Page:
or internal audit, is essentially limiting the ability of the
CAs to operate as impartial 'officers of the treaty'.
Tax administrations that impose adjustments during an audit
that can be seen as the more extreme end of the arm's-length
position may emerge from a subsequent MAP with a higher agreed
adjustment. This places a commensurately higher burden on the
CAs charged with eliminating double taxation, and may create
expectations within the tax administration that a significant
amount of tax remains to be collected.
Taking all this into account, it comes as no surprise that
arbitration mechanisms are becoming increasingly important and,
in theory, increasingly available. The groundwork was laid by
the EU's Arbitration Convention in 1990. The OECD took the most
effective parts of this document, and 17 years later introduced
a far-reaching arbitration article into the MTC. Approximately
a decade later, we have the arbitration potential in the
Multilateral Instrument, and in the EU at least, in the Dispute
All these developments bode well for the potential
availability of arbitration to resolve TP disputes between tax
administrations. For example, the arbitration article has been
incorporated regularly and consistently into tax treaties.
However, there has been no great increase in TP cases that have
actually gone to arbitration panels. In fact, such cases have
been few and far between.
The availability of arbitration has traditionally been seen
as a good thing for dispute resolution. But if this were
universally true, there would have been an uplift in the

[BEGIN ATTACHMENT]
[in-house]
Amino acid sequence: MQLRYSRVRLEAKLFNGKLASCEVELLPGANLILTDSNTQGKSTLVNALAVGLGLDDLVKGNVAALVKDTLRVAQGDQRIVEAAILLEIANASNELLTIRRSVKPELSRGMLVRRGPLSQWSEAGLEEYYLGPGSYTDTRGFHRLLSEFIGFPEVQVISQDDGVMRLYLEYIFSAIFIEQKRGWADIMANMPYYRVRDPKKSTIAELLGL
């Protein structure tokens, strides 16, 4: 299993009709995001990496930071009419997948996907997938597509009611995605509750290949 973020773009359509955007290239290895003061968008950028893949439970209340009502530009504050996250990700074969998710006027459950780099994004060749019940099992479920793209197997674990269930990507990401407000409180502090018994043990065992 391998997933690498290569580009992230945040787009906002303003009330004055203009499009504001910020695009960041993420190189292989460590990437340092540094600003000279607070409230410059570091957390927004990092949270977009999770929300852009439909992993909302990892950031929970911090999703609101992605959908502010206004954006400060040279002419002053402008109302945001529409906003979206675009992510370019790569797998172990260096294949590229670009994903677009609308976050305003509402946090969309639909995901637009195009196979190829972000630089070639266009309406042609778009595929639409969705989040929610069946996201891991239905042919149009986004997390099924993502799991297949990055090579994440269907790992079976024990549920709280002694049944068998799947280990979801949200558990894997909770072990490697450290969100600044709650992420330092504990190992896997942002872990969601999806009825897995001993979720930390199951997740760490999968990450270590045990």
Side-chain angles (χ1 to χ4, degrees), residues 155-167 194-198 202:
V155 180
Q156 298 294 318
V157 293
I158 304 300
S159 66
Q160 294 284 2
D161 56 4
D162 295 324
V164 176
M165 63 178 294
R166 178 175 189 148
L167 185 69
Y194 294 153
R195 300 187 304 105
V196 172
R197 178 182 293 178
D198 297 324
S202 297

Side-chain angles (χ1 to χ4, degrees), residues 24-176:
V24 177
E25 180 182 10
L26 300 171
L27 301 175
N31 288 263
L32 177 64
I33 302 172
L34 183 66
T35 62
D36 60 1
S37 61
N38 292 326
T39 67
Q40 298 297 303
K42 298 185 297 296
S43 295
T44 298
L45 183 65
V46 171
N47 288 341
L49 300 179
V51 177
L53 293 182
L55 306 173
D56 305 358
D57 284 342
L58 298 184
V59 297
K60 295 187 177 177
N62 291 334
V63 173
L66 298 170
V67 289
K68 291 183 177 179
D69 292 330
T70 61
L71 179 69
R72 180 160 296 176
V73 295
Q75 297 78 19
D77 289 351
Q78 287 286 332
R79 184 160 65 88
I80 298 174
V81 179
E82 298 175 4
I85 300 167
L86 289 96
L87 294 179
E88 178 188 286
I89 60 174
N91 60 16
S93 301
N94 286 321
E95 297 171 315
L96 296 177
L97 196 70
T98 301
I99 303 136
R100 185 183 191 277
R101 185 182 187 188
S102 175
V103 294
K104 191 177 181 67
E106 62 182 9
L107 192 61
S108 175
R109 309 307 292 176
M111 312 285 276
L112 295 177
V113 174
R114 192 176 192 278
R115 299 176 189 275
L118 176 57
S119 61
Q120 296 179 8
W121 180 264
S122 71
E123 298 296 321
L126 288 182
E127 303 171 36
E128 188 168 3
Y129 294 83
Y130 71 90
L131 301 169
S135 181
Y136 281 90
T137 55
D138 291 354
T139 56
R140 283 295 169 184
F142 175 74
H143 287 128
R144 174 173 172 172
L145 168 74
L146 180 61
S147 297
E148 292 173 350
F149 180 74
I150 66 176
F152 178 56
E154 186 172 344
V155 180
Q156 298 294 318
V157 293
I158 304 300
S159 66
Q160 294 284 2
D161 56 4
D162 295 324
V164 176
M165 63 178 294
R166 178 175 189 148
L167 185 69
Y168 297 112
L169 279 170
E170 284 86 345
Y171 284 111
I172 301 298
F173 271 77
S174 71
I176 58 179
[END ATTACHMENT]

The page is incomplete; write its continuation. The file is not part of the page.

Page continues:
numbers of cases being settled in proportion to the number of
MAP cases being brought forward. However, this has not
occurred. Given that the number of cases to proceed into formal
arbitration have not increased, one conclusion is that cases
are being kept out of the arbitration stage by a combination of
tax administration or taxpayer action (or inaction).
However, it is likely that reality is more nuanced. For
example, cases are being settled shortly before arbitration
deadlines fall due. On the whole, arbitration is having its
intended result: deterrence. The quid pro quo of having
mandatory binding arbitration governing the eventual outcome of
a MAP has been an increase in the barriers to entry of a MAP.
Time limits, information requirements, and domestic legal
proceedings must be taken into account if actual arbitration is
going to be relied upon. It is more important than ever to take
a strategic view of TP dispute resolution.
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Edward Morris of Deloitte UK specialises in transfer
pricing dispute prevention and resolution. He has been
instrumental in setting up Deloitte's global TP
controversy team, consisting of former tax
administration personnel and in particular former
government competent authorities. This network has a
global reach and expertise and helps clients with
mutual agreement procedures, advance pricing agreements
and transfer pricing enquiry resolution.
Previously, Edward worked for the HMRC as a tax
inspector and as a UK competent authority, at the EU
Commission and at the various OECD working parties
concerned with tax treaties, transfer pricing and
Edward helps clients across all industry sectors
deal with the increasingly complex world of tax
disputes. Since joining Deloitte, he has appeared
consistently in Euromoney's Transfer Pricing Expert